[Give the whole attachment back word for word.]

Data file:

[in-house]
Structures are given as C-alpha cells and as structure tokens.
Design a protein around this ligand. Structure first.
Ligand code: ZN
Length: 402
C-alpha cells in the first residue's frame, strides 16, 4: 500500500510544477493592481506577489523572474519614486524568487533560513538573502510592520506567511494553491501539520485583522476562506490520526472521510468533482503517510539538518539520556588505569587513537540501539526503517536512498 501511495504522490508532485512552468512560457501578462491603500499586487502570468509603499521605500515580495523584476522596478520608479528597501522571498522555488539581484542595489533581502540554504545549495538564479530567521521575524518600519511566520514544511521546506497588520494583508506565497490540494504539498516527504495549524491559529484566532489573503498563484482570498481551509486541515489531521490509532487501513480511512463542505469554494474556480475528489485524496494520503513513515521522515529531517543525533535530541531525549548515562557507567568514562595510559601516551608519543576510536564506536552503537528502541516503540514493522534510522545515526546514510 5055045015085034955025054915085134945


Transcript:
[in-house]
Structures are given as C-alpha cells and as structure tokens.
Design a protein around this ligand. Structure first.
Ligand code: ZN
Length: 402
C-alpha cells in the first residue's frame, strides 16, 4: 500500500510544477493592481506577489523572474519614486524568487533560513538573502510592520506567511494553491501539520485583522476562506490520526472521510468533482503517510539538518539520556588505569587513537540501539526503517536512498 501511495504522490508532485512552468512560457501578462491603500499586487502570468509603499521605500515580495523584476522596478520608479528597501522571498522555488539581484542595489533581502540554504545549495538564479530567521521575524518600519511566520514544511521546506497588520494583508506565497490540494504539498516527504495549524491559529484566532489573503498563484482570498481551509486541515489531521490509532487501513480511512463542505469554494474556480475528489485524496494520503513513515521522515529531517543525533535530541531525549548515562557507567568514562595510559601516551608519543576510536564506536552503537528502541516503540514493522534510522545515526546514510 5055045015085034955025054915085134945